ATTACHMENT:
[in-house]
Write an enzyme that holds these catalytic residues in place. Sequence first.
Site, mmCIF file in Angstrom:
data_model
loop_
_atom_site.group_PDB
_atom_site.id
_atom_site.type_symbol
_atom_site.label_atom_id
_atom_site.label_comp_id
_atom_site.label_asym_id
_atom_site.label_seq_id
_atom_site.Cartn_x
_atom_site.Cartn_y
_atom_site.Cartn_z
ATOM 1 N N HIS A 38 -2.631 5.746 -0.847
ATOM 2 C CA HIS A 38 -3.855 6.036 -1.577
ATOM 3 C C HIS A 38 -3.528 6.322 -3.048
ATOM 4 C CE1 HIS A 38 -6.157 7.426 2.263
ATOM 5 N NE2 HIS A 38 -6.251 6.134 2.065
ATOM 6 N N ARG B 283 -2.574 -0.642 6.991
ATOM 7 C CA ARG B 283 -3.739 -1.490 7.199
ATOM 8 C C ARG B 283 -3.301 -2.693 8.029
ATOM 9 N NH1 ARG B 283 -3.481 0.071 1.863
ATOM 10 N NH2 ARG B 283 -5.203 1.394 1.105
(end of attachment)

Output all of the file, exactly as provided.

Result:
[in-house]
Write an enzyme that holds these catalytic residues in place. Sequence first.
Site, mmCIF file in Angstrom:
data_model
loop_
_atom_site.group_PDB
_atom_site.id
_atom_site.type_symbol
_atom_site.label_atom_id
_atom_site.label_comp_id
_atom_site.label_asym_id
_atom_site.label_seq_id
_atom_site.Cartn_x
_atom_site.Cartn_y
_atom_site.Cartn_z
ATOM 1 N N HIS A 38 -2.631 5.746 -0.847
ATOM 2 C CA HIS A 38 -3.855 6.036 -1.577
ATOM 3 C C HIS A 38 -3.528 6.322 -3.048
ATOM 4 C CE1 HIS A 38 -6.157 7.426 2.263
ATOM 5 N NE2 HIS A 38 -6.251 6.134 2.065
ATOM 6 N N ARG B 283 -2.574 -0.642 6.991
ATOM 7 C CA ARG B 283 -3.739 -1.490 7.199
ATOM 8 C C ARG B 283 -3.301 -2.693 8.029
ATOM 9 N NH1 ARG B 283 -3.481 0.071 1.863
ATOM 10 N NH2 ARG B 283 -5.203 1.394 1.105